1.Absolute Threshold: the minimum stimulation needed to detect a particular stimulus 50% of the time. 2.Accommodation: the process by which the eye's lens changes shape to focus near or far images on the retina. 3.Acetylcholine: neurotransmitter that enables muscle action, learning and memory. 4.Achievement Motivation: desire for accomplishment.
5.Achievement Test: an exam designed to test what a person has earned. 6.Acoustic Encoding: encoding of sound, especially words.
7.Acquisition: the initial stage when one links a neutral stimulus and an unconditioned stimulus. 8.Action Potential: a neural impulse; a brief electrical charge that travels down an axon. 9.Activation Synthesis: theory that REM sleep triggers neural firing that evokes random images, which our sleep brain weaves into stories. 10.Adaptation Level Phenomenon: tendency to form judgements relative to a neutral level defined by our prior experience. 11.Adrenal Glands: a pair of endocrine glands that sit just above the kidneys and secrete hormones that help arouse the body in times of stress. 12.Algorithm: a methodical, logical rule that guarantees solving a particular problem. 13.Alpha Waves: the relatively slow brain waves of an awake, relaxed state. 14.Amnesia: loss of memory.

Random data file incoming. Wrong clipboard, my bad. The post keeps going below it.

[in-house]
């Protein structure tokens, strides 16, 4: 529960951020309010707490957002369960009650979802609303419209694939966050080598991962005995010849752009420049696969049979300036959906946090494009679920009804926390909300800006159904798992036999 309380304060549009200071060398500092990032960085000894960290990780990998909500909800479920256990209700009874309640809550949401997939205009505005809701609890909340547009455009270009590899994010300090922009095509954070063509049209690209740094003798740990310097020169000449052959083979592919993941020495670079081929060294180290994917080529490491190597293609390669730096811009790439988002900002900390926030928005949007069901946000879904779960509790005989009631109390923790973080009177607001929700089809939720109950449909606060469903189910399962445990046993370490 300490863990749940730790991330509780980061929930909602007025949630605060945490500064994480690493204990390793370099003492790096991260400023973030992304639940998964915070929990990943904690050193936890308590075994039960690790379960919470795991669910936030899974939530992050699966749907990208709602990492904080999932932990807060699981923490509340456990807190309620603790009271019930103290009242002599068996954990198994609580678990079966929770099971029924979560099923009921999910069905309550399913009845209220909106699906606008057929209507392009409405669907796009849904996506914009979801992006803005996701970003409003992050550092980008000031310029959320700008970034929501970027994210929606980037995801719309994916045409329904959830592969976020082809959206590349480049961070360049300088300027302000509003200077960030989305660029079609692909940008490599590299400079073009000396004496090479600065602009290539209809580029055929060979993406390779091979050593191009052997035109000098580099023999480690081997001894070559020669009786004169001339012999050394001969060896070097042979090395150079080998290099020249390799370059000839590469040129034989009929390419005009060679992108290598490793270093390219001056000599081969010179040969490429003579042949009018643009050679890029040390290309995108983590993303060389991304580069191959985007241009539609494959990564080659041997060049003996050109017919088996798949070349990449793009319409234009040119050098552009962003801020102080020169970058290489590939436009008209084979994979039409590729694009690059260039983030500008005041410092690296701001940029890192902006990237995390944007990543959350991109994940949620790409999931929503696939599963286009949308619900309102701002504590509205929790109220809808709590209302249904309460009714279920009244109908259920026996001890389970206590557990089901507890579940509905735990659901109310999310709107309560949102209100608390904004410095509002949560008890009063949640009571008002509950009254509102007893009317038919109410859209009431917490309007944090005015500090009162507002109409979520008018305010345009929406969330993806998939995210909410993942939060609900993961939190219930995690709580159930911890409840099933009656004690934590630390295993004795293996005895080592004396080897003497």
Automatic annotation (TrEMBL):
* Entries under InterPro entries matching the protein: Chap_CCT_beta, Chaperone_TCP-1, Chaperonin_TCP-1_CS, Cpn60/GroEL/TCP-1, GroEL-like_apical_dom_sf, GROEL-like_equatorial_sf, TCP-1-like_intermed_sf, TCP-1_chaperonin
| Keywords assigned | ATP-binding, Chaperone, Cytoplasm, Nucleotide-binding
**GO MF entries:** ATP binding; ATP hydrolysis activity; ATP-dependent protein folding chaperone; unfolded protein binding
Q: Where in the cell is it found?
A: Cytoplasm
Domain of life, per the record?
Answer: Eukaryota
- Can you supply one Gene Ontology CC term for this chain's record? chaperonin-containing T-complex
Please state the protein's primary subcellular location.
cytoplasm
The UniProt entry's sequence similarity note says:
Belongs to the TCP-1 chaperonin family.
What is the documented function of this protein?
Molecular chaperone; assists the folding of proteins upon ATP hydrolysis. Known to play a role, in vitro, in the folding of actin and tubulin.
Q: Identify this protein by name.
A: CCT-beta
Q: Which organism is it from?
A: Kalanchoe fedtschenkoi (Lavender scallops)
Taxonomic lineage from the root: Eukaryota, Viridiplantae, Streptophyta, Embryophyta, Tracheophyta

15.Amphetamines: drugs that stimulate neural activity, causing speeded-up body functions and associated energy and mood changes. 16.Amygdala: two lima bean-sized neural clusters in the limbic system; linked to emotion. 17.Aphasia: impairment of language caused by left hemisphere damage to Broca's area, impairing speaking, or Wernicke's area, impairing understanding. 18.Applied Research: scientific study that aims to solve practical problems 19.Aptitude Test: designed to predict a person's future performance. 20.Association Areas: areas of the cerebral cortex that are not involved in primary or sensory functions but in higher mental functions. 21.Associative Learning: learning that certain events occur together. 22.Automatic Processing: unconscious encoding of incidental information. 23.Autonomic Nervous System: the part of the peripheral nervous system that controls the glands and the muscles of the internal organs. 24.Availability Heuristic: estimating the likelihood of events based on their availability in memory. 25.Axon: the extension of a neuron, ending in branching terminal fibers, through which messages pass to other neurons or to muscles and glands. 26.B.F. Skinner: a leading behaviorist; rejected introspection and studied how consequences shape behavior. 27.Babbling Stage: begins at 4 months; stage of speech development in which infant spontaneously utters various sounds. 28.Barbituates: drugs that depress the activity of the central nervous system, reducing anxiety but impairing memory and judgement. 29.Basal Metabolic Rate: body's resting rate of energy expenditure. 30.Basic Research: pure science that aims to increase the scientific knowledge base 31.Behavior Genetics: the study of the relative power and limits of genetic and environmental influences on behavior. 32.Behavioral Medicine: integrates behavioral and medical knowledge to apply to health and disease. 33.Behaviorism: the view that psychology should be an objective science that studies behavior without reference to mental process. 34.Belief Perseverance: clinging to one's initial conceptions after the basis has been discredited. 35.Binocular Cues: depth cues such as retinal disparity that depend on using two eyes. 36.Bio-Feedback: electronically recording, amplifying and feeding back information regarding a subtle physiological state. 37.Biological Psychology: a branch of psychology concerned with the links between biology and behavior. 38.Biopsychosocial Approach: an integrated approach that incorporates biological, psychological, and social-cultural levels of analysis. 39.Blind Spot: the point at which the optic nerve leaves the eye, creating a "blind spot" because no receptor cells are located there....
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